When Majority Leader Robert Dole of Kansas announced he would leave the Senate, Massachusetts Democrat Edward M. Kennedy accused him of leaving a "poison pill" behind by backing Republican demands that medical savings accounts be retained in the final version of the Kennedy-Kassebaum health insurance reform bill. MSAs, of course, are tax-free accounts that would be set up by employers or individuals to cover expenses not paid by high-deductible health policies. Under a deal cut by Dole the day before he left, the Republicans are backing a "test" allowing small businesses and the self-employed to set up the accounts. After three years, the accounts would be extended to large employers and individuals, unless Congress nixes the idea. The Democrats had wanted a much more limited tryout, with congressional action required to extend it. Kennedy, for one, has voiced strong opposition to the GOP proposal.
Mental health parity, requiring insurance companies to offer equal amounts for mental and physical care, which has also been a sticking point, was dropped in favor of a study under the Dole deal, as was a House proposal to limit malpractice awards.
Yet all of this is far from a done deal. Conferees have not even been appointed. MSAs, in any form, are prime veto bait. In addition, business moguls are pushing for retention of the so-called MEWAs, multiple-employer welfare arrangements or (if you prefer English) interstate insurance-purchasing coalitions of small employers. Most insurance and state government organizations are opposing these things. Concluded another legislator, "Until there is a deal, there is no deal." Never more true.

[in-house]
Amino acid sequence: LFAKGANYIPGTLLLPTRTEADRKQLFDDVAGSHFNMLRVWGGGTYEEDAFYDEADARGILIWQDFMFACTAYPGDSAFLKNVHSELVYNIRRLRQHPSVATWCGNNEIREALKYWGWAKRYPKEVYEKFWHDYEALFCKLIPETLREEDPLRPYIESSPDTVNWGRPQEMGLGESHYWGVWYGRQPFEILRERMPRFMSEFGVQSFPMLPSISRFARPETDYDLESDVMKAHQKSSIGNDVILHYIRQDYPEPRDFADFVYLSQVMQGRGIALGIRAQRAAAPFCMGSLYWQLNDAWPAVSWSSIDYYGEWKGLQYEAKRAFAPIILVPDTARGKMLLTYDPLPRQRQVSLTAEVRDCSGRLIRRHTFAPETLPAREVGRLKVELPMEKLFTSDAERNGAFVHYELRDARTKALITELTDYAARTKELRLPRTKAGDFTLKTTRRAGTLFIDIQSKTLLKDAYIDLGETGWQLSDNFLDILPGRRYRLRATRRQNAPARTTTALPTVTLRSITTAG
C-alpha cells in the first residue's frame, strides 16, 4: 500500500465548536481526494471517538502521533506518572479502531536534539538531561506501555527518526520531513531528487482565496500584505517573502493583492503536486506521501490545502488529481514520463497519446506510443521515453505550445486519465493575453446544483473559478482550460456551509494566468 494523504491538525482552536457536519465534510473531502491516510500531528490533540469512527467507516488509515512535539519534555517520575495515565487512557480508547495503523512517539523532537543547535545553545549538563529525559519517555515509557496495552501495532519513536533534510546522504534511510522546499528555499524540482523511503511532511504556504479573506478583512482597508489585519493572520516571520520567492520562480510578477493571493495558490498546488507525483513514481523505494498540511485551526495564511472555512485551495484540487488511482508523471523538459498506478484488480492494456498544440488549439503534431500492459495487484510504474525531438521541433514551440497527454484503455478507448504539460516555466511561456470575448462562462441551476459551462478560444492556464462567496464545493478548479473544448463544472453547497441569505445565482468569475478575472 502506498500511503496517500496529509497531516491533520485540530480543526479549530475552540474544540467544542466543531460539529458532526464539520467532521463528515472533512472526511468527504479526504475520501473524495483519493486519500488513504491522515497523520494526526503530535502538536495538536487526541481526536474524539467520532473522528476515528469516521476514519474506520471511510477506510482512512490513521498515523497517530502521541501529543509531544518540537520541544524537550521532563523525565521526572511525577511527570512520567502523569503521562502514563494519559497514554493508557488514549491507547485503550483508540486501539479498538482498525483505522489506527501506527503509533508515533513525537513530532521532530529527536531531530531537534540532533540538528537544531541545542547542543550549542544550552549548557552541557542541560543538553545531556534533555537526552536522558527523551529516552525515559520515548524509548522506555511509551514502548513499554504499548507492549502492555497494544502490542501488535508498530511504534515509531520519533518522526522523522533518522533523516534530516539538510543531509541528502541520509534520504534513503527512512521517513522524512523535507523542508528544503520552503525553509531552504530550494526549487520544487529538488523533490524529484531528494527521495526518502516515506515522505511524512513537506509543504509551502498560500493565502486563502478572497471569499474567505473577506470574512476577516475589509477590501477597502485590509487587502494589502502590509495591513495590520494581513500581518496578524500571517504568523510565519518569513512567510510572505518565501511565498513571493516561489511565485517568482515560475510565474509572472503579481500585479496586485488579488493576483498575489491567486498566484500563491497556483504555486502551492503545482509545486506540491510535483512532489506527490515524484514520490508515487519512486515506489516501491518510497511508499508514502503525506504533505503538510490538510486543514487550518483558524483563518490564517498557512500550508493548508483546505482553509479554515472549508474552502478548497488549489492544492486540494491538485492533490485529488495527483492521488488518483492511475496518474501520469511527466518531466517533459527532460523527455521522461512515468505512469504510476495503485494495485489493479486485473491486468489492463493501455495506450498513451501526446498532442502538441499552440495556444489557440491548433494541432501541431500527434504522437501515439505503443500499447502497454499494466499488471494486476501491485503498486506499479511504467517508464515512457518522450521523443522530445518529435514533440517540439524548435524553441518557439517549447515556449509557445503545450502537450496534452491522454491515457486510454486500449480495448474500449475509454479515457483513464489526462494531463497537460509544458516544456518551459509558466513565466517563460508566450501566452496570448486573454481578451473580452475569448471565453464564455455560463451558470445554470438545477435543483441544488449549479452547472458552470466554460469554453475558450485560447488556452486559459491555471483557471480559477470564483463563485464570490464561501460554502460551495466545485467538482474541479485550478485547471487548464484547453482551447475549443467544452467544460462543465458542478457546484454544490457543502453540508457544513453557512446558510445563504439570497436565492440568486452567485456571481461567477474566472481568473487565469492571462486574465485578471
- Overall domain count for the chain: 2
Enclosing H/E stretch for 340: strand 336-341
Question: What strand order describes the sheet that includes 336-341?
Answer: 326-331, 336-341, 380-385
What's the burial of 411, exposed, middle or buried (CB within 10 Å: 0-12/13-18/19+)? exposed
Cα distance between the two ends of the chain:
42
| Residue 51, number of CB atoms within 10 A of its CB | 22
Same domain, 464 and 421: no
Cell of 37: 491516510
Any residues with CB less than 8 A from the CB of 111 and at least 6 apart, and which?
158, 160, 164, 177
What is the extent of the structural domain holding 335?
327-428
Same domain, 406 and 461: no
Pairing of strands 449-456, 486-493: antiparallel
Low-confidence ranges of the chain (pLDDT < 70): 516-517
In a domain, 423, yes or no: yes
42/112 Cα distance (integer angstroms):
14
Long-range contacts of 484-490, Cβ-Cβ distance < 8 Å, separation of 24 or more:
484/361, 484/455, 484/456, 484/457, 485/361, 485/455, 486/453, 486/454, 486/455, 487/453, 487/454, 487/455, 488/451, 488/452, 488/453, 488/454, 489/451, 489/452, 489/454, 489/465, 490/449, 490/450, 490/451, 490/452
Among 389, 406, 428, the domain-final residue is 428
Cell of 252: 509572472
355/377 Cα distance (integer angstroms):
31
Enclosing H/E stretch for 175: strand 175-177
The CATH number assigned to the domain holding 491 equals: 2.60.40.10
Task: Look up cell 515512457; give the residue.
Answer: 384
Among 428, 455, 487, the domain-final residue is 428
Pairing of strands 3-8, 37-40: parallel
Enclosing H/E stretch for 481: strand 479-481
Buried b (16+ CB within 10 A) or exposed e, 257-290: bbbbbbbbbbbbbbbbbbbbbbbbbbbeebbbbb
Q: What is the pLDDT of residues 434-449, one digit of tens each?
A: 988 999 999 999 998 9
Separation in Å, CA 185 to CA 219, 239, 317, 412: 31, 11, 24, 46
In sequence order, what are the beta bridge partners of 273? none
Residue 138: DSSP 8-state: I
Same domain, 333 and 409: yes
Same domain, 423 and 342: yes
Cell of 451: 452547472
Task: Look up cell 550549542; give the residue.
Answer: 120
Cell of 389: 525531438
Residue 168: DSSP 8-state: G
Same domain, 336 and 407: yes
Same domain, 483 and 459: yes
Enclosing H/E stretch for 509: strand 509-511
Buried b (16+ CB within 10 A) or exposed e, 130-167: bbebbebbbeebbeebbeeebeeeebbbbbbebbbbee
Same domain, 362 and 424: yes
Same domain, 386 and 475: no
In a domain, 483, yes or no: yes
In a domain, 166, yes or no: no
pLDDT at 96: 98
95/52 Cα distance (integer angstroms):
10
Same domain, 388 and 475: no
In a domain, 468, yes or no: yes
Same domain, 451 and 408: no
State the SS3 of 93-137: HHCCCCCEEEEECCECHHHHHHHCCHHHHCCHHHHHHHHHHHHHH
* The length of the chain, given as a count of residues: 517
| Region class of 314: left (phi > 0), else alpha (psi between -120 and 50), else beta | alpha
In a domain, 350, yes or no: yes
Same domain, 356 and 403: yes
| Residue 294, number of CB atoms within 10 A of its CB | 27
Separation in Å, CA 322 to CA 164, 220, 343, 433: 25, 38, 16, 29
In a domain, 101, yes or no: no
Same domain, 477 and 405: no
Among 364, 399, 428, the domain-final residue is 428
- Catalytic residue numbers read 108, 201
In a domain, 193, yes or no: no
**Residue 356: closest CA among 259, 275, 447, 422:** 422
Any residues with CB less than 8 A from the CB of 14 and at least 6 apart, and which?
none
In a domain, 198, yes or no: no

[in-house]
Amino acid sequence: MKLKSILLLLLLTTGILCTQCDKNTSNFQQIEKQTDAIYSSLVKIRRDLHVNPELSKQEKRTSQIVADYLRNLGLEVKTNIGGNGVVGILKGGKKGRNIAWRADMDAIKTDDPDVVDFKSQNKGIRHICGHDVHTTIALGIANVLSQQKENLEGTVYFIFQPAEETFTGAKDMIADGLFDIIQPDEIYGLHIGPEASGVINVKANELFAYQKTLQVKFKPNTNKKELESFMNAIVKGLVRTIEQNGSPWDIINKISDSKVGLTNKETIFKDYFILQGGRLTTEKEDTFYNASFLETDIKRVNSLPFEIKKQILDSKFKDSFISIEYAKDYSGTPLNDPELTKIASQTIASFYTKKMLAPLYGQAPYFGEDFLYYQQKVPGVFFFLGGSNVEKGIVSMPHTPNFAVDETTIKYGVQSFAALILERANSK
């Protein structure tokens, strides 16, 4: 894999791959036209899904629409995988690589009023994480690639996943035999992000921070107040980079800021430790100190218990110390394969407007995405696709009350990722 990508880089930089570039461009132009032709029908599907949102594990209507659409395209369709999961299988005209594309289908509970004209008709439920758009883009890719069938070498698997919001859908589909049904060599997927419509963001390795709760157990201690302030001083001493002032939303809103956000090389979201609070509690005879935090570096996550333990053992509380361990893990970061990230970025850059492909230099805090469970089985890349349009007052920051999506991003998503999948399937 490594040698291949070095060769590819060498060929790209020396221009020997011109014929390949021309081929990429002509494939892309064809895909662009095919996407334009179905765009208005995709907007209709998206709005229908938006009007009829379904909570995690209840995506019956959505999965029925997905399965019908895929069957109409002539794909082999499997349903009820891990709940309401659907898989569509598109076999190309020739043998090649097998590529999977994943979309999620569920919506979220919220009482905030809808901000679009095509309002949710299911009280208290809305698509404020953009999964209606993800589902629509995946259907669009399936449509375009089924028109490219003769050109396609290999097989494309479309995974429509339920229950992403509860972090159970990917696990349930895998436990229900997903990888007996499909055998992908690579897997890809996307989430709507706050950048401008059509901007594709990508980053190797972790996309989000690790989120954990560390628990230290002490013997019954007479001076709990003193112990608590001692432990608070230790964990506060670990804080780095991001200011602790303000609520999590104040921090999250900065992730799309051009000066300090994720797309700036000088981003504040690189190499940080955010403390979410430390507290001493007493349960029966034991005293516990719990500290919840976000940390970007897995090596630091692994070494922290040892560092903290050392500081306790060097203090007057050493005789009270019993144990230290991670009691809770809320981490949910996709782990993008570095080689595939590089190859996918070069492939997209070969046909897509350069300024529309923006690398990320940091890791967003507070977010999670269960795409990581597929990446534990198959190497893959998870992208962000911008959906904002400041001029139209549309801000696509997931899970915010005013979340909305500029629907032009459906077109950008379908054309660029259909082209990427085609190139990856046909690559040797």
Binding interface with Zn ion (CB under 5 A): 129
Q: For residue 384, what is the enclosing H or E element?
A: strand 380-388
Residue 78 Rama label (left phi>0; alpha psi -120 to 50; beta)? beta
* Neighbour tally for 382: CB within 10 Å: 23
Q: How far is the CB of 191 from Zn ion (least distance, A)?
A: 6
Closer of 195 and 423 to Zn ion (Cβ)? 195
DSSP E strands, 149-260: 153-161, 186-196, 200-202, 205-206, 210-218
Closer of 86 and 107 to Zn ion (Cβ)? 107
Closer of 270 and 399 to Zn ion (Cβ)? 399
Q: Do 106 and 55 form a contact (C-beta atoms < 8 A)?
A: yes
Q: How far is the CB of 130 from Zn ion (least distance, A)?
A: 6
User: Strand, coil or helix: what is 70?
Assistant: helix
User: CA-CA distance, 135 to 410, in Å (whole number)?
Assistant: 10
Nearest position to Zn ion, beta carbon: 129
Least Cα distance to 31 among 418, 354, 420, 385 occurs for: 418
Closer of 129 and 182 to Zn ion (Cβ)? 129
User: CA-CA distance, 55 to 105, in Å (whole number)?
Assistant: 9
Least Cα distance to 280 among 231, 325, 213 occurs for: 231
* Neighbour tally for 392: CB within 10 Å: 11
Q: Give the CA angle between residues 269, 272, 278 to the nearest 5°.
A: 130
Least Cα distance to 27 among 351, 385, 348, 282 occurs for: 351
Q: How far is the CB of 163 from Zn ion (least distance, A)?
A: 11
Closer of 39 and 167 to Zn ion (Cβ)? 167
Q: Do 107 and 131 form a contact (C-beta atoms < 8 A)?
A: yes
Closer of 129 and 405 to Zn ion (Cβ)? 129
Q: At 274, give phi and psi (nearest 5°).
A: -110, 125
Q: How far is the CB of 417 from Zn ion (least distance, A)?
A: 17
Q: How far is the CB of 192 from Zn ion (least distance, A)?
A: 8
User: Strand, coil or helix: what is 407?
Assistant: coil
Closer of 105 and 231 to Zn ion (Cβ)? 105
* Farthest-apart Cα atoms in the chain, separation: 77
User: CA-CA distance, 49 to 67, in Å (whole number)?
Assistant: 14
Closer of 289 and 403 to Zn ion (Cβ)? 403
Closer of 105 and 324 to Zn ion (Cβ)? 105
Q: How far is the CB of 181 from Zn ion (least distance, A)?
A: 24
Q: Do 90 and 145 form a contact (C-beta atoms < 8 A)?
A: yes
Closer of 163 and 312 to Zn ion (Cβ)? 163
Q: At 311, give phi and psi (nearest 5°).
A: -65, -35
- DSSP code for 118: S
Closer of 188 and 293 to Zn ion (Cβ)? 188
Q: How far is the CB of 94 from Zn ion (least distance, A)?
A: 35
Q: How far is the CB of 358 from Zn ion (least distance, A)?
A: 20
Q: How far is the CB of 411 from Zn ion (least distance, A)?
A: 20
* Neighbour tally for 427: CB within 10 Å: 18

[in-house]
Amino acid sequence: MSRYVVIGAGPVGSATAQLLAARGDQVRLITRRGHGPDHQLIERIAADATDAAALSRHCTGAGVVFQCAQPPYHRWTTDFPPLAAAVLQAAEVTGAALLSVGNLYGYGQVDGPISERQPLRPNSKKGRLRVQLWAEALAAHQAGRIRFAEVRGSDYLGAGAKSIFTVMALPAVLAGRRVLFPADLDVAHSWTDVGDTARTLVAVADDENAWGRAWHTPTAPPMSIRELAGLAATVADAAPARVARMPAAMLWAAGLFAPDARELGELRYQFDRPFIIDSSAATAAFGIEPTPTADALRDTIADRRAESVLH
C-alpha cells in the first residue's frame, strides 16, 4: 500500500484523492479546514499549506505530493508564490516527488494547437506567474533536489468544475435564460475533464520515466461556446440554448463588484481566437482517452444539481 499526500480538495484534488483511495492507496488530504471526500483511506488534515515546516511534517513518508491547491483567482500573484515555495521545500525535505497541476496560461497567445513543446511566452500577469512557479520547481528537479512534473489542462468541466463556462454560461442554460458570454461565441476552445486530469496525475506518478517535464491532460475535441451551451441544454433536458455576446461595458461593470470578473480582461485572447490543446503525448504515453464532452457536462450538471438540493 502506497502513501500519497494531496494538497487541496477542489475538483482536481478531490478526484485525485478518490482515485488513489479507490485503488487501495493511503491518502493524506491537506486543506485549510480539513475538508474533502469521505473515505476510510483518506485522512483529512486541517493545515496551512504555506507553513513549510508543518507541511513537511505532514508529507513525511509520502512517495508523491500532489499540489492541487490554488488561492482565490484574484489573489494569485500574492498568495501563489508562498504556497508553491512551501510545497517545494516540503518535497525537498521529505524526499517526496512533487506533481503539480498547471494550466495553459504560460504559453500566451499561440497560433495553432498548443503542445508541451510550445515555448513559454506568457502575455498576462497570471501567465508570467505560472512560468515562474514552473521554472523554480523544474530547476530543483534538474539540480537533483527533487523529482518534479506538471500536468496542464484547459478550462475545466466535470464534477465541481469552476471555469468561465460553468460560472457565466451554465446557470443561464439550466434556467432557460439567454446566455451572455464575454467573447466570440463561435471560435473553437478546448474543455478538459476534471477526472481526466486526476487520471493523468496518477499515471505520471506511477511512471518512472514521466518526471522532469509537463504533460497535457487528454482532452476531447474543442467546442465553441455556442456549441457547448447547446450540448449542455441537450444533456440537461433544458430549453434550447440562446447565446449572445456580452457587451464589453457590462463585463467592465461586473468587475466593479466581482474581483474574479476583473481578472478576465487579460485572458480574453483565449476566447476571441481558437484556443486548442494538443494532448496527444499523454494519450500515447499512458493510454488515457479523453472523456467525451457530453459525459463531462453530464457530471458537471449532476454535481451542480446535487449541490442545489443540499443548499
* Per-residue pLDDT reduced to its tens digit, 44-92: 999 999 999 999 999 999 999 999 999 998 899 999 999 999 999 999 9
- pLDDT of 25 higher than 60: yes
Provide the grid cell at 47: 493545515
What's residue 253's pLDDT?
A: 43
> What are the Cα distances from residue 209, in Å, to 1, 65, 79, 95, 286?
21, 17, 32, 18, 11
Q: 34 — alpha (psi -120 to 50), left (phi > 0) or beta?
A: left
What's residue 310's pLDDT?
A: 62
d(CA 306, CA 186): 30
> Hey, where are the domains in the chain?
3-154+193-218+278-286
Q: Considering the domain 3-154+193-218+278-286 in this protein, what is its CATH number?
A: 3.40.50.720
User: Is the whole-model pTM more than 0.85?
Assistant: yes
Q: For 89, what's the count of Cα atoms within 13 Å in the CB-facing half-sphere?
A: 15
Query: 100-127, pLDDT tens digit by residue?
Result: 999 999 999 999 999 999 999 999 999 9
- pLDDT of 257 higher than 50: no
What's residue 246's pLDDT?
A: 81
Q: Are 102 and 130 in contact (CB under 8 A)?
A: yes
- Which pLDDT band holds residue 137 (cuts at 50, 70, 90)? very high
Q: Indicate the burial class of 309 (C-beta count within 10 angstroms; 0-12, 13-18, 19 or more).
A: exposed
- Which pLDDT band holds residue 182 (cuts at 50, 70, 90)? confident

House Republicans have introduced a Medicaid reform bill that closely parallels the proposal worked out recently by the nation's governors. Critics of the measure say it veers away from making Medicaid a clear entitlement, undercuts the minimum amount the states must kick in to trigger federal matching, makes it more likely that the states will tax health care providers to raise the state portion and repeals provider payment safeguards.
Packaged with welfare reform, this latest offering would reduce the growth of Medicaid spending by $72 billion over six years (halfway between the former Republican target of $85 billion and the president's vision of $59 billion). Democratic governors were underwhelmed, the consensus being that "block grants" were back. "[It] looks like the car we ordered," remarked a spokesman for the Democratic Governors Association, "but when we opened the hood, we found it wasn't the engine we bought." (Alert readers will recall that the GOP tends to favor turning the money over to the states in block grants, while the Democrats want to preserve Medicaid as an entitlement with long federal apron strings attached.) Action is still possible this year, although the Republicans would probably have to override a veto.
Pronounced dead months ago, Medicare reform is trying to sit up again as voters react to repeated reports of the insolvency of the Medicare hospital trust fund, now slated to swoon in early 2001, five short years from now. The debate is, by now, as stylized as a minuet in a Merchant-Ivory movie: The Democrats say Republican cuts in Medicare are too extreme. The Republicans say the president is pandering to elderly voters when he attacks GOP proposals. The administration proposed cutting Medicare growth $116 billion over the next six years, mainly by nicking hospitals. No, said the Republicans, cut $168 billion instead, and they promptly passed such a measure in the House. The Senate basically concurred, slicing off $158 billion over six years. These stands, however, came in the form of resolutions and are nonbinding.